A British oil company, BP Plc (BP) announced on Monday, April 27, 2020, that it had reconsidered the financial terms of the $5.6 billion sale of its Alaska business to a privately held, Hilcorp Energy Co. (Hilcorp) due to the fresh crash of global oil price. Under the new terms, the company made some changes regarding cash-flow sharing since the fluctuation of oil prices would lead to a lower cash boost than initially planned.
BP’s restructuring of the Sale Deal
Amid the low demand for oil due to travel restrictions imposed by governments across countries, some key producers including Russia had continued its oil output, which led to a sharp decline in oil prices globally. Several deals have been suspended due to the coronavirus outbreak around the world as the pandemic has caused uncertainties of the global market and economy.
As a result of uncertainties due to the pandemic on oil prices, BP had decided to revise its sale deal of Alaska plant. The British oil company said that the new agreement would retain the original sale price with some changes in areas including vendor financing, smaller payments in 2020, and cash-flow sharing in the near term.
The original agreement was agreed upon by the US oil company, Hilcorp to pay $4 billion this year and another $1.6 billion on basis of an earnout over time. BP disclosed that Hilcorp had made a deposit payment of $500 million on the signing of the transaction in 2019 with an expected date to complete the deal in mid-2020.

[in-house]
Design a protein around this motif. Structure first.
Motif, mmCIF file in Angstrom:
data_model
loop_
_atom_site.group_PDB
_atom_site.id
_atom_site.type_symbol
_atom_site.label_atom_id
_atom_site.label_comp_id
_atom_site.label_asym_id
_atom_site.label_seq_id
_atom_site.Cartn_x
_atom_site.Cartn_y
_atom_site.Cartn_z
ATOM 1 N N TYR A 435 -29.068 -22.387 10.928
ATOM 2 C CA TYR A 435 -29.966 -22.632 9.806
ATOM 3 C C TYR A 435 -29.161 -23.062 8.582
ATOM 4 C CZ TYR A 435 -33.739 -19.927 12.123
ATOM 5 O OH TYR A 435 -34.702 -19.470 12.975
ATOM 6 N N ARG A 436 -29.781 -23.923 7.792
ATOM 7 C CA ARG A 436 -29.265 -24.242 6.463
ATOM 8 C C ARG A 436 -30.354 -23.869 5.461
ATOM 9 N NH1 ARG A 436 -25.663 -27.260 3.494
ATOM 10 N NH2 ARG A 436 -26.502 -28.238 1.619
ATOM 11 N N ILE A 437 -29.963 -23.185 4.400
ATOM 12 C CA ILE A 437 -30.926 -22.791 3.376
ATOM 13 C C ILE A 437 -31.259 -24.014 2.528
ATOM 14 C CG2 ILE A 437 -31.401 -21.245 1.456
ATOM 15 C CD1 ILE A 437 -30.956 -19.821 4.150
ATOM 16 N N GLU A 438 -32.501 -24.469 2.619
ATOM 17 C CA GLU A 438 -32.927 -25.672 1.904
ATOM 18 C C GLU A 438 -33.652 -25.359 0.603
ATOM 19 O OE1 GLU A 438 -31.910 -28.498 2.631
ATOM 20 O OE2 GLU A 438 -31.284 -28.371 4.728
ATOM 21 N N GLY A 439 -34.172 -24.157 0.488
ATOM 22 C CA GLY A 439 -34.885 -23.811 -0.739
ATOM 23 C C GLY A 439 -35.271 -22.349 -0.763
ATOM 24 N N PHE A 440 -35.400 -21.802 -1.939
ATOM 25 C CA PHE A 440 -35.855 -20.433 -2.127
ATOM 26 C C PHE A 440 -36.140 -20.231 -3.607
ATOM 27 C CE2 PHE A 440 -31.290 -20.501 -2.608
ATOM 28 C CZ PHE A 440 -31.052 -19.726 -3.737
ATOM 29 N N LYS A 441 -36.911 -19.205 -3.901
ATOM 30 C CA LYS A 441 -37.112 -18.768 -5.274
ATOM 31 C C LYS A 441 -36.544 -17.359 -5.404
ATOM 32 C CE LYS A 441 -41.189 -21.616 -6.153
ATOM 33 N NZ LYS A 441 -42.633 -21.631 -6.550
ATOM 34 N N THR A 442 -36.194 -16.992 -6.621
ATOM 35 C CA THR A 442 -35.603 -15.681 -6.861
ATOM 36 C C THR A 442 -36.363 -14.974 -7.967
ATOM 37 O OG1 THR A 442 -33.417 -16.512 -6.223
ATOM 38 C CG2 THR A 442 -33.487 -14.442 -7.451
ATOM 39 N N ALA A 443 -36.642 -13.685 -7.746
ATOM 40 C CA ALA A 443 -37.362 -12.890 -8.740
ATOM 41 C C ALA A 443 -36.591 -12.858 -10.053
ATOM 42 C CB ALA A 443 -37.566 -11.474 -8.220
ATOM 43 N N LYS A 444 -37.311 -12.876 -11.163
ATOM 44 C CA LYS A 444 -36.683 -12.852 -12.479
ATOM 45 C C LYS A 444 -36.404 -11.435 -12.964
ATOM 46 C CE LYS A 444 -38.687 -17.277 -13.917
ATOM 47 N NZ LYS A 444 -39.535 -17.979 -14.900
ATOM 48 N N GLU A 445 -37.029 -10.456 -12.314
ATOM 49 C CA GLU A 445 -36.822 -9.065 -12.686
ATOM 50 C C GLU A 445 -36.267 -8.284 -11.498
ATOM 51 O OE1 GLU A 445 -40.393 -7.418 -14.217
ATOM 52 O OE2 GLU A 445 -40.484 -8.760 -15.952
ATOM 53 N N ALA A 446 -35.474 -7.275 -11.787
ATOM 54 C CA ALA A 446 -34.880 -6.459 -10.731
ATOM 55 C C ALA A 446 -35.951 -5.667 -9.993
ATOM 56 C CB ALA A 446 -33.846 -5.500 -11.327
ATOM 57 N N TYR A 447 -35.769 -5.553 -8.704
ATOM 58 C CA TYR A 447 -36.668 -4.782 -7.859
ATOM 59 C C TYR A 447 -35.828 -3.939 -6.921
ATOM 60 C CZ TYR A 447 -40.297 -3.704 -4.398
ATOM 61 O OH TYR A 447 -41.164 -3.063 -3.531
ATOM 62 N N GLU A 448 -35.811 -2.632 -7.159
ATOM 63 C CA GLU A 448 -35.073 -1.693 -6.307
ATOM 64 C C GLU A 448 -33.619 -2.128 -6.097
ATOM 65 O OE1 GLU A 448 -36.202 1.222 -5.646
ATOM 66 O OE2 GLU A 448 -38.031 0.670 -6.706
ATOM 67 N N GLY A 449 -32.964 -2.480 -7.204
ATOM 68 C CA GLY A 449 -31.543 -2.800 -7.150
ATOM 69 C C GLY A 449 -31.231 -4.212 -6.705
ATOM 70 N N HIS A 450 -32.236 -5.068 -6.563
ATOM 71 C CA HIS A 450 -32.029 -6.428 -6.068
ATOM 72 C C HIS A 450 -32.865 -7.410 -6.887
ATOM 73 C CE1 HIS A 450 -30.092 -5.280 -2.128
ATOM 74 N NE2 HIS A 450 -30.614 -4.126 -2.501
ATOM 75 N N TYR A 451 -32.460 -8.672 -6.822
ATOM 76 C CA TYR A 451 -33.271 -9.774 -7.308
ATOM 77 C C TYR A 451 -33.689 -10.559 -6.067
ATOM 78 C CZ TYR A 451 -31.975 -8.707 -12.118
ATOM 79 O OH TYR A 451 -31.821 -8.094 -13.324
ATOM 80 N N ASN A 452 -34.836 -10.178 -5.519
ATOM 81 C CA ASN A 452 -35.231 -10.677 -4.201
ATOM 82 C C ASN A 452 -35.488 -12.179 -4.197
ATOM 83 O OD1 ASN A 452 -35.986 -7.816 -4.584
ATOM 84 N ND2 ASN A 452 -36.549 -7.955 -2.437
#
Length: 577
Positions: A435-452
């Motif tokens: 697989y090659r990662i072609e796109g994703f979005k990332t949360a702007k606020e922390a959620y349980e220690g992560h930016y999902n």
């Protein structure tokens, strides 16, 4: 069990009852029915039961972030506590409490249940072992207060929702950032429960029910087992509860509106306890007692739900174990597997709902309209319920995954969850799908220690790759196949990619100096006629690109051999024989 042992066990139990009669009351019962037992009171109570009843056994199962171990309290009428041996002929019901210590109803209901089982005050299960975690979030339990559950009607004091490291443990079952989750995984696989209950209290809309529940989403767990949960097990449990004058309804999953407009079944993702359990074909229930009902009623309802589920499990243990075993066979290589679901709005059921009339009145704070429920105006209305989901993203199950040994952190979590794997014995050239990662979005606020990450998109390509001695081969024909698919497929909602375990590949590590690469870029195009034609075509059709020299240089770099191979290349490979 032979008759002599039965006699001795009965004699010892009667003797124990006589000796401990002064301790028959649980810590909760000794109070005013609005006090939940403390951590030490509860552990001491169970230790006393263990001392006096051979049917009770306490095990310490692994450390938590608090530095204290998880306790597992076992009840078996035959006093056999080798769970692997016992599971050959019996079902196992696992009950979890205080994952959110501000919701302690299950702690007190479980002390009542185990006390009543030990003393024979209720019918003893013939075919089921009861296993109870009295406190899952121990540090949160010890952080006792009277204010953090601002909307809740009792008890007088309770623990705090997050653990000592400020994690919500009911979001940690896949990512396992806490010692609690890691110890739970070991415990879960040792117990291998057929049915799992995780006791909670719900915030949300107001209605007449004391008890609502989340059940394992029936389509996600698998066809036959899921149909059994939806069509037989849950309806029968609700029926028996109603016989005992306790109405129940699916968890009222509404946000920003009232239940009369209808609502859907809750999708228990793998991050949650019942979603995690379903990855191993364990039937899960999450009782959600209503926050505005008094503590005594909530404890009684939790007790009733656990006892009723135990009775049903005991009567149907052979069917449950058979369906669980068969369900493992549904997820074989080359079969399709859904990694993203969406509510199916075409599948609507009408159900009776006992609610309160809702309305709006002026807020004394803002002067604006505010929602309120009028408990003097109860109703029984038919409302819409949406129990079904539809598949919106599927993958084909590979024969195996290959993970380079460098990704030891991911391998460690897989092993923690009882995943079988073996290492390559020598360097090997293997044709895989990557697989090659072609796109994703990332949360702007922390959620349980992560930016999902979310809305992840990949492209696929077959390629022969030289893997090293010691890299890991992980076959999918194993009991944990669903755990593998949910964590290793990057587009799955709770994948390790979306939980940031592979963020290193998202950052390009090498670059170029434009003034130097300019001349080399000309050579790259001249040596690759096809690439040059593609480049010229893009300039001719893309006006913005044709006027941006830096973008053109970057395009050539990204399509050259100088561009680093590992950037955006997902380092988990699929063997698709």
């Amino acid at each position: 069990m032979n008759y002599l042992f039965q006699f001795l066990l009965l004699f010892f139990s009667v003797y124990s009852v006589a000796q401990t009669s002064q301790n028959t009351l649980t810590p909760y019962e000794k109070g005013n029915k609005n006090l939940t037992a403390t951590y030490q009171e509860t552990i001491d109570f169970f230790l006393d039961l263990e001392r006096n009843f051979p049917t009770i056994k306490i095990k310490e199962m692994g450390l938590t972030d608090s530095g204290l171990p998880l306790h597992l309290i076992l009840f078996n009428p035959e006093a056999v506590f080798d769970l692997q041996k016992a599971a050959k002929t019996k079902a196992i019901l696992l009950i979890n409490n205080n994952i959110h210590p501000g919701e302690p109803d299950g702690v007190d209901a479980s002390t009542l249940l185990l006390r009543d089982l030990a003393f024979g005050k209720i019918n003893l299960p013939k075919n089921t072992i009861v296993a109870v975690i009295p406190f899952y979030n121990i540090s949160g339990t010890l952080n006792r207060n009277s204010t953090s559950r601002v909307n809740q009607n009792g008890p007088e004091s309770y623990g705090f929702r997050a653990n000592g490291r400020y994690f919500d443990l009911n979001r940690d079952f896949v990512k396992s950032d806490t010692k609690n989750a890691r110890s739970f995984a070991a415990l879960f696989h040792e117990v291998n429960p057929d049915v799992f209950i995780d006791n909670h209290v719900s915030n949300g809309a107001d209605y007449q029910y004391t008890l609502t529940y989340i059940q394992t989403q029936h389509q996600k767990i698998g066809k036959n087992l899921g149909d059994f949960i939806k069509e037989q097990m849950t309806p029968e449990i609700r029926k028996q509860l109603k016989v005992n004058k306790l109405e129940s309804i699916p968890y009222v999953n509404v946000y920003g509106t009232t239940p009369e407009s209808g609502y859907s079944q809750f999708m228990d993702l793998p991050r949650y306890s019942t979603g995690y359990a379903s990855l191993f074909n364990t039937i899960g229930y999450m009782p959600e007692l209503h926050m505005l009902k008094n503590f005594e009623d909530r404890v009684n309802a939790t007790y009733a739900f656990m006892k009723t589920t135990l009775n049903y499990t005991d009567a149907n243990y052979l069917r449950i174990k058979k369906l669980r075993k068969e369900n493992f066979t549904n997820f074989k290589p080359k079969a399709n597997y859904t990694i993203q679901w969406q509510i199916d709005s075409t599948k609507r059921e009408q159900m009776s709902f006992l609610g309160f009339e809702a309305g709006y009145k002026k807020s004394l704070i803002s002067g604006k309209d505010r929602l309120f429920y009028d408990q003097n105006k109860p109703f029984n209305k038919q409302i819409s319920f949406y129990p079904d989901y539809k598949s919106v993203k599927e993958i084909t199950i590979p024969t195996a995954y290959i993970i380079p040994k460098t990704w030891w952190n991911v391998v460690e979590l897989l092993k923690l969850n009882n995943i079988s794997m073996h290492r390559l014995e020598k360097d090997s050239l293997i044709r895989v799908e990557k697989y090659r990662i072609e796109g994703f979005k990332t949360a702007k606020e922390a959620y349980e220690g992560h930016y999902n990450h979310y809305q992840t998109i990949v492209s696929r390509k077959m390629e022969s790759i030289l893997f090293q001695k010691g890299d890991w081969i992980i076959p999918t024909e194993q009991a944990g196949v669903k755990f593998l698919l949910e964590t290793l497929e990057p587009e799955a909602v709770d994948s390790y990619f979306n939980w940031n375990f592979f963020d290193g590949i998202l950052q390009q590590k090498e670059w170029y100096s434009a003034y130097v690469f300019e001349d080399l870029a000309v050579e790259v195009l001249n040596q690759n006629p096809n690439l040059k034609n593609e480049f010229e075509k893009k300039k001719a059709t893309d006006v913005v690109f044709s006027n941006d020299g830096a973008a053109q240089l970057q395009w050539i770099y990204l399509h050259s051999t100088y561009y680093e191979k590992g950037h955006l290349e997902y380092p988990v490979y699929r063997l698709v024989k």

Pursuing to Complete Transaction
Janet Weiss, BP’s Alaska president, said in a statement, “BP remains committed to completing the sale, even in these volatile and difficult market conditions.” A spokeswoman of BP stated that the company was scheduled to release first-quarter results on Tuesday and could provide additional details on the new terms while it was reported that BP shares rose nearly 4% to close at $24.31 in New York on Monday.
Without explaining the new terms including BP-provided financing on the deal, Hilcorp President Jason Rebrook in a statement said, “In the weeks ahead, we will continue to work with BP, the State of Alaska, and others to ensure a seamless transition process as we complete this transaction.” Meanwhile, Hilcorp is also separately pursuing regulator’s approvals for the purchase of BP’s pipeline operations.
With the new development in the global oil business, US crude oil futures dipped sharply last week and had experienced the deepest slump for the first time in history, due to the constant rise of oil supply when oil demands fell considerably due to the virus pandemic. On Tuesday, US oil futures were trading at $12.28 a barrel.
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